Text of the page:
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From l2tabu: Why not use obsolete commands? Obsolete commands do not support LaTeX2e's new font selection scheme, or NFSS. {\bf foo}, for example, resets all font attributes which had been set earlier before it prints foo in bold face. This is why you cannot simply define a bold-italics style by {\it \bf Test} only. (This definition will produce: ...

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Here's a list of possibly obsolete packages and classes, and recommendable successors. It's not intended as a judgement – it's supposed to help in choosing packages or checking preambles. Readers can make their own decision based on the package documentation of the compared packages. Obsolete package(s): Recommended successor(s) a4, a4wide, anysize: ...

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You might be interested in the nag package. \RequirePackage[l2tabu, orthodox]{nag} \documentclass[<opt>]{<class>} … It nags about \it, \bf, …, \centerline, outdated packages and figures and tables without caption Related: l2tabu The “sins” of LaTeX users, and how to correct them. The document provides a list of obsolete packages and ...

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The main reason why people may consider ifthen obsolete (last version is of 2001/05/26 with about one page of user manual plus four pages of code documentation) is that it is superseded by e.g. etoolbox, which uses the advanced possibilities of eTeX. Using these allows faster processing. You still can use ifthen for your existing and new documents if you ...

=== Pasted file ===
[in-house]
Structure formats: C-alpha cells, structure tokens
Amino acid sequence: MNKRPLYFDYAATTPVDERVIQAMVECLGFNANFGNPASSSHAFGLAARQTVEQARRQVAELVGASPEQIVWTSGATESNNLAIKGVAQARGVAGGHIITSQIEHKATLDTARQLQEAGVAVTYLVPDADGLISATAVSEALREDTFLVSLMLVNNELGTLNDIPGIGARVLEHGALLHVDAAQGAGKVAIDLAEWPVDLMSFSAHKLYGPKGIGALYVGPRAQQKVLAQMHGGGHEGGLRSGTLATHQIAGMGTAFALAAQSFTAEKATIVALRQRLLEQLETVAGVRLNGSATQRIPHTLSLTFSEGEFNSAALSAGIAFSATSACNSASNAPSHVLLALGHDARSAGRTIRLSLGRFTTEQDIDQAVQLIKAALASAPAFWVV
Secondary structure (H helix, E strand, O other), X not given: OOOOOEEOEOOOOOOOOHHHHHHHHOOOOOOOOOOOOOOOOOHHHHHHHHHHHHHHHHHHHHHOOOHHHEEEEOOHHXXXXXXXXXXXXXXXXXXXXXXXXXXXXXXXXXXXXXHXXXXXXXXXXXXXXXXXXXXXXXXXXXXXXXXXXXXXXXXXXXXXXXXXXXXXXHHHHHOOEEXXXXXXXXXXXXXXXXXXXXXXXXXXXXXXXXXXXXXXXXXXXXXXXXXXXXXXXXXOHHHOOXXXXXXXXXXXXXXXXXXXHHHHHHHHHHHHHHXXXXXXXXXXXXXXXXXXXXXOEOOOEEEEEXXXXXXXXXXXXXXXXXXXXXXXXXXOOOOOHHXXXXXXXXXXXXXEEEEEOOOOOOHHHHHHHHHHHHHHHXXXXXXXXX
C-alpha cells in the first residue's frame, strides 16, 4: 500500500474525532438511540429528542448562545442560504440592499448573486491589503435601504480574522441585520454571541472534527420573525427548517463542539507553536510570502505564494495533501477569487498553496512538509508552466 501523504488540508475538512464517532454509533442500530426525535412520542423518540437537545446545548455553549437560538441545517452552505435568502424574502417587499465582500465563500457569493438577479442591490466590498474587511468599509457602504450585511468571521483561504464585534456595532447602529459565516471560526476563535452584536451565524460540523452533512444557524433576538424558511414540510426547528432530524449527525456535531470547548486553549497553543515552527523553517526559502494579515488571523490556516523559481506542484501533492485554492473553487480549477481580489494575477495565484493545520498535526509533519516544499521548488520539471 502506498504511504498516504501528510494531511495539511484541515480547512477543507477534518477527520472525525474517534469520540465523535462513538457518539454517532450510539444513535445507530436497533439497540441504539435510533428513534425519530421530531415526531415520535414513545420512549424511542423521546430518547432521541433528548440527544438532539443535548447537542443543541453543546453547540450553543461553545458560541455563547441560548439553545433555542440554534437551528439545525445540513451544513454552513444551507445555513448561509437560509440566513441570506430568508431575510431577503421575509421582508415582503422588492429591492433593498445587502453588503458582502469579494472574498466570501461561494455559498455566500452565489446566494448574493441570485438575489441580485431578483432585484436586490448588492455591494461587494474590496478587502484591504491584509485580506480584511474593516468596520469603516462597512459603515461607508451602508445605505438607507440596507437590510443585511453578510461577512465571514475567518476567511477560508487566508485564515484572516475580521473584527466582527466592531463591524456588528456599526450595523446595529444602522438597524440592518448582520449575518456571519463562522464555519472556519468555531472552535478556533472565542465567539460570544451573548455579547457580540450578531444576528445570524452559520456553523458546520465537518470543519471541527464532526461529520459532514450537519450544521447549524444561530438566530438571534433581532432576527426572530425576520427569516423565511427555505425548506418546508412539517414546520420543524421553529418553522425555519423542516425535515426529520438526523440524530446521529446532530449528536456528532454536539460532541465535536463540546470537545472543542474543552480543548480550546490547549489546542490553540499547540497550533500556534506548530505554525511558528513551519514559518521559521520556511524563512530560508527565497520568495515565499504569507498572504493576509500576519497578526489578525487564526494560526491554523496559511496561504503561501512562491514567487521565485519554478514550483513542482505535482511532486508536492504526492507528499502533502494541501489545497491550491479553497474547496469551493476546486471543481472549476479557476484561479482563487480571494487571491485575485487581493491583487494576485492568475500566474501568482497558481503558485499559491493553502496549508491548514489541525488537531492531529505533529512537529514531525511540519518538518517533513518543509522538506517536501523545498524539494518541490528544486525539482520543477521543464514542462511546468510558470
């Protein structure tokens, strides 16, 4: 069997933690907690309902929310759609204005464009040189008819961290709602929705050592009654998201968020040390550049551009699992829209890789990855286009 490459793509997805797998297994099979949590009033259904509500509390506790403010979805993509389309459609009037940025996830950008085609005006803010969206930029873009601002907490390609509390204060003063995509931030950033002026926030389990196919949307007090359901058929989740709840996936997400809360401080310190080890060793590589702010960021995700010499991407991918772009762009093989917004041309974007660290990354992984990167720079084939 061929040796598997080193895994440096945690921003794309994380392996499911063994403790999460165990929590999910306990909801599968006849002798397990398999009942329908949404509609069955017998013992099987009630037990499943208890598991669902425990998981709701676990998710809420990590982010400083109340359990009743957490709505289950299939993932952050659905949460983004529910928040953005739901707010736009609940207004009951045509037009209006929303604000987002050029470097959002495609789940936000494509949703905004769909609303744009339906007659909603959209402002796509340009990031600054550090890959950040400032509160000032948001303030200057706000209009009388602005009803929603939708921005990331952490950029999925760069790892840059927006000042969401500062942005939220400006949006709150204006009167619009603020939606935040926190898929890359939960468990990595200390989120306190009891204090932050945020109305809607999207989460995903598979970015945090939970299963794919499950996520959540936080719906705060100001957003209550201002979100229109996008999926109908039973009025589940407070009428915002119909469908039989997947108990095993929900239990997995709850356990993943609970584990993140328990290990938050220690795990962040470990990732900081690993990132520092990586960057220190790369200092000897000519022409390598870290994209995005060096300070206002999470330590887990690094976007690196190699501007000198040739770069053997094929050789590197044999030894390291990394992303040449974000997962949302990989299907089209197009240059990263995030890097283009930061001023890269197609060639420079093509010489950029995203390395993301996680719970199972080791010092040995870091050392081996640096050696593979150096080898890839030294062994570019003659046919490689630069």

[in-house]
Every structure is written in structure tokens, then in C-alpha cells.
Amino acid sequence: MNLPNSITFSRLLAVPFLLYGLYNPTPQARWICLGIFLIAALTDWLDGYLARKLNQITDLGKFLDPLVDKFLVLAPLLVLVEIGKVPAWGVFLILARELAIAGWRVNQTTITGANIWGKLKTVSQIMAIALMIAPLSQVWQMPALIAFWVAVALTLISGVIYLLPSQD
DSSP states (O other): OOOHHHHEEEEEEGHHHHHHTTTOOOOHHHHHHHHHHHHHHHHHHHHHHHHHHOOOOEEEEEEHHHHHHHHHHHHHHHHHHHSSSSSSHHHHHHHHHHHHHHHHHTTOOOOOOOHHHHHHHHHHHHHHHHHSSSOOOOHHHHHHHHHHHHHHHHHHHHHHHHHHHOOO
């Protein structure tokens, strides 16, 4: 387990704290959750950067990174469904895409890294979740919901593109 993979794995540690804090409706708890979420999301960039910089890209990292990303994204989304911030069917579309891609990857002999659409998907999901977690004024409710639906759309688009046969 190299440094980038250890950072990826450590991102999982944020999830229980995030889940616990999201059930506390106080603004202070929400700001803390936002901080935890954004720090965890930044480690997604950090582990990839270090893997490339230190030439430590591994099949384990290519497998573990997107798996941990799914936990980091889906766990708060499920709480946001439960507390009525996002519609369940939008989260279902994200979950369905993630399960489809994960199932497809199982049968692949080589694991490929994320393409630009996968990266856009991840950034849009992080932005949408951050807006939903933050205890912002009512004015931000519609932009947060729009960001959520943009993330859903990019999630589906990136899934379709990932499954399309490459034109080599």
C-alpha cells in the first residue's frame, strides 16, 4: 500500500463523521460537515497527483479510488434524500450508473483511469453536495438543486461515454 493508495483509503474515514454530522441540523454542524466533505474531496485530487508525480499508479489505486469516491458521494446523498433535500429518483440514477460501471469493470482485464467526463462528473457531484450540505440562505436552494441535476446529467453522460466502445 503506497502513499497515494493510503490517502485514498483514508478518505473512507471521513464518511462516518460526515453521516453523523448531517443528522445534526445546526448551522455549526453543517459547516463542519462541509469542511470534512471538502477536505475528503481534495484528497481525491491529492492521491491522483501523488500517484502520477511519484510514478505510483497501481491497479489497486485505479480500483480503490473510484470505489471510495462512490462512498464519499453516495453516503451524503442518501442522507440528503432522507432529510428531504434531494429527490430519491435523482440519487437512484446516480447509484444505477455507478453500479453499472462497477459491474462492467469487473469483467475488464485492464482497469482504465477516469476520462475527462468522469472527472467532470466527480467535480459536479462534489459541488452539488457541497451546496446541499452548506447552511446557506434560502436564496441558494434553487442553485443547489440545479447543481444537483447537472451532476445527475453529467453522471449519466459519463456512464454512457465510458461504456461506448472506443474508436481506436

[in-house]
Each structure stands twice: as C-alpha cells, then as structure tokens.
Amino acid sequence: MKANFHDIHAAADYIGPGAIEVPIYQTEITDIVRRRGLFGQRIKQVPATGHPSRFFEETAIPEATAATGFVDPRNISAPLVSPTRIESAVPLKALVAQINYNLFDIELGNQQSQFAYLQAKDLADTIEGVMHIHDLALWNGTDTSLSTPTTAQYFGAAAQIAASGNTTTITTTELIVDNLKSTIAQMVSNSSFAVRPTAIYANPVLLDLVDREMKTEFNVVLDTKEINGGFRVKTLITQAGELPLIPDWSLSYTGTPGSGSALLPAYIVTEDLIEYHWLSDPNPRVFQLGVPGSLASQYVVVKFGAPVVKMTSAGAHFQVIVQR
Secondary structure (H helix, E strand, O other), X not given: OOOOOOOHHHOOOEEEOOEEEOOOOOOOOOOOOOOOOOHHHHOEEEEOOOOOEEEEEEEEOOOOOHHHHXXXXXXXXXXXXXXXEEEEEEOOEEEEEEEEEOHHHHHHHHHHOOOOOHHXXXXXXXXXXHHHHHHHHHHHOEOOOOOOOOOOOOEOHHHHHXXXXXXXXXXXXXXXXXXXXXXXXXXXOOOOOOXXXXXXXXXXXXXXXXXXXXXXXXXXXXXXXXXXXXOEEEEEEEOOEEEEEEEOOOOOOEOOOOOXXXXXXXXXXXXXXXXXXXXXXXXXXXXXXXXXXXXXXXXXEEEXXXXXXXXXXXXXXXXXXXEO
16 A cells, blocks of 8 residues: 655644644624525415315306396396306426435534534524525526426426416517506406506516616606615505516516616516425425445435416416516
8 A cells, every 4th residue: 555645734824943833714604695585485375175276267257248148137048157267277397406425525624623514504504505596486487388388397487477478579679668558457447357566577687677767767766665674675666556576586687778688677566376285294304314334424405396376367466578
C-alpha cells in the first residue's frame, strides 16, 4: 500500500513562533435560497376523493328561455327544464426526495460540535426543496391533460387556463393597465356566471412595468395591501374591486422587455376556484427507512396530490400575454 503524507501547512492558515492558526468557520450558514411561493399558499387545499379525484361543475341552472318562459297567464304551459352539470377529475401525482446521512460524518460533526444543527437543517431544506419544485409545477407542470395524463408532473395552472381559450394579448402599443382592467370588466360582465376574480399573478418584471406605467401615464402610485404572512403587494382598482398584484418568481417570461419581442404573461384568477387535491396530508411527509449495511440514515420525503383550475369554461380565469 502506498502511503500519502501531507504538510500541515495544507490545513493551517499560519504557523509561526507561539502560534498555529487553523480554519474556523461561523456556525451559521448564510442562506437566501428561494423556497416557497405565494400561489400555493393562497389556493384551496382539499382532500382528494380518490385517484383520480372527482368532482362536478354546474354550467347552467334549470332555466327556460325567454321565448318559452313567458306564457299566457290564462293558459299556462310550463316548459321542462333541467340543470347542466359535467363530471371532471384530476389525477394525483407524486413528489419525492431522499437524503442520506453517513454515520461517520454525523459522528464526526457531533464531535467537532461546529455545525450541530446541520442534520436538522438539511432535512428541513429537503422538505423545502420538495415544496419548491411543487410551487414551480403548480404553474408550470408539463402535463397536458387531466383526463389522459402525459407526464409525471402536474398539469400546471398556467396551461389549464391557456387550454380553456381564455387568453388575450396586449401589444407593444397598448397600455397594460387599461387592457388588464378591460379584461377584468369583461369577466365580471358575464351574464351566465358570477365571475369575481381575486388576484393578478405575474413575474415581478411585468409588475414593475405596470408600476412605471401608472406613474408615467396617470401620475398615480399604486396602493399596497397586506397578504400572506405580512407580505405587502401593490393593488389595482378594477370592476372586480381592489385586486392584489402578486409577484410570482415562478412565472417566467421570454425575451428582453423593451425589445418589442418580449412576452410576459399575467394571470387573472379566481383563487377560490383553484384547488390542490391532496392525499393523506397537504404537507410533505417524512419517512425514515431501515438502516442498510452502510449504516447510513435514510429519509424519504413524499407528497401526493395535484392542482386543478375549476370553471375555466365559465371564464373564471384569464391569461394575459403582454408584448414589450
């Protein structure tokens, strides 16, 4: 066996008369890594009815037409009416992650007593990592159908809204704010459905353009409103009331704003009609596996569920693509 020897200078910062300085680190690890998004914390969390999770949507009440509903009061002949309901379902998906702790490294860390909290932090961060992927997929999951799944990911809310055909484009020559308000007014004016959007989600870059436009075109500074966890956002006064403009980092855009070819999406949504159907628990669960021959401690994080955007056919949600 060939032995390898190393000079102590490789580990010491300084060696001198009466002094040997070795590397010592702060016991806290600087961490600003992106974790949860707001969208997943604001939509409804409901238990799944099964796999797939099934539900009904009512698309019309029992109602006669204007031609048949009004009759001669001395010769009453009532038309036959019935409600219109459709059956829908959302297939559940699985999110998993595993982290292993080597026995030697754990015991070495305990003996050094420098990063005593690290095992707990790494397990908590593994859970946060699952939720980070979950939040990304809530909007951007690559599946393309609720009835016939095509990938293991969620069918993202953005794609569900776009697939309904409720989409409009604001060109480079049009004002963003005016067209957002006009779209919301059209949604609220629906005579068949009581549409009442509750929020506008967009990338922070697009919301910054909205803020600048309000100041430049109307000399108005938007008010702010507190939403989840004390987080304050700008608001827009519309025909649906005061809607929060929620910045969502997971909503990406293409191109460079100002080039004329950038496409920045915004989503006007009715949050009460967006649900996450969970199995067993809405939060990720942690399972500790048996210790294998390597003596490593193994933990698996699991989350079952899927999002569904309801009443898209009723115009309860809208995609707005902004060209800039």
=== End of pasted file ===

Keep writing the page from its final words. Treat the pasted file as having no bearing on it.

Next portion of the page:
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MiKTeX has reorganized the package amslatex. Therefore the update removes it: The package amslatex is split in amsmath and amscls. (Also there is a new package amslatex-primer): However, the update has not installed the new packages automatically. Therefore I have installed them manually. For AmSLaTeX you need at least amsmath. It contains the ...

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A major motivation for the design of TeX originally and also of LaTeX is document stability, you should be able to get a 20 year old LaTeX document and still process it. To get absolute guaranteed stability you need to archive the whole system executables, fonts, etc, but for the vast majority of cases that is not necessary and an old LaTeX document will run ...